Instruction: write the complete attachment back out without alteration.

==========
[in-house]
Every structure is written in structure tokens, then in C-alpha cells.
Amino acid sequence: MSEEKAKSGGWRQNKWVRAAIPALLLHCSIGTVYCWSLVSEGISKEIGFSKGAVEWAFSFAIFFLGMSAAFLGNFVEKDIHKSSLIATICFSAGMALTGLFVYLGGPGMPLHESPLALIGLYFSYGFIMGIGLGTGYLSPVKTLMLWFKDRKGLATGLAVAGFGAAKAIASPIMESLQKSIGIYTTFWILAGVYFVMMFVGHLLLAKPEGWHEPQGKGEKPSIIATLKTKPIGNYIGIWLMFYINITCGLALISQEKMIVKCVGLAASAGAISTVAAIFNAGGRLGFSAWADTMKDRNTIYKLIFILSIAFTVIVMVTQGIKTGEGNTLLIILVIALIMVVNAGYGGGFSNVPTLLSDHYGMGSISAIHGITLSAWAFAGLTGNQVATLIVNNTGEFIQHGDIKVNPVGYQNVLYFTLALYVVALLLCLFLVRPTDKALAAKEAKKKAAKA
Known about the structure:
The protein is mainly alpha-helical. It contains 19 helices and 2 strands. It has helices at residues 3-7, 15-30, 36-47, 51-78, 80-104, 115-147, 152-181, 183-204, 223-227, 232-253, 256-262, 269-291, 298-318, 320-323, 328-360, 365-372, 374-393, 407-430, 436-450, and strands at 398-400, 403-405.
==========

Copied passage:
[in-house]
Every structure is written in structure tokens, then in C-alpha cells.
Amino acid sequence: MSEEKAKSGGWRQNKWVRAAIPALLLHCSIGTVYCWSLVSEGISKEIGFSKGAVEWAFSFAIFFLGMSAAFLGNFVEKDIHKSSLIATICFSAGMALTGLFVYLGGPGMPLHESPLALIGLYFSYGFIMGIGLGTGYLSPVKTLMLWFKDRKGLATGLAVAGFGAAKAIASPIMESLQKSIGIYTTFWILAGVYFVMMFVGHLLLAKPEGWHEPQGKGEKPSIIATLKTKPIGNYIGIWLMFYINITCGLALISQEKMIVKCVGLAASAGAISTVAAIFNAGGRLGFSAWADTMKDRNTIYKLIFILSIAFTVIVMVTQGIKTGEGNTLLIILVIALIMVVNAGYGGGFSNVPTLLSDHYGMGSISAIHGITLSAWAFAGLTGNQVATLIVNNTGEFIQHGDIKVNPVGYQNVLYFTLALYVVALLLCLFLVRPTDKALAAKEAKKKAAKA
Known about the structure:
The protein is mainly alpha-helical. It contains 19 helices and 2 strands. It has helices at residues 3-7, 15-30, 36-47, 51-78, 80-104, 115-147, 152-181, 183-204, 223-227, 232-253, 256-262, 269-291, 298-318, 320-323, 328-360, 365-372, 374-393, 407-430, 436-450, and strands at 398-400, 403-405.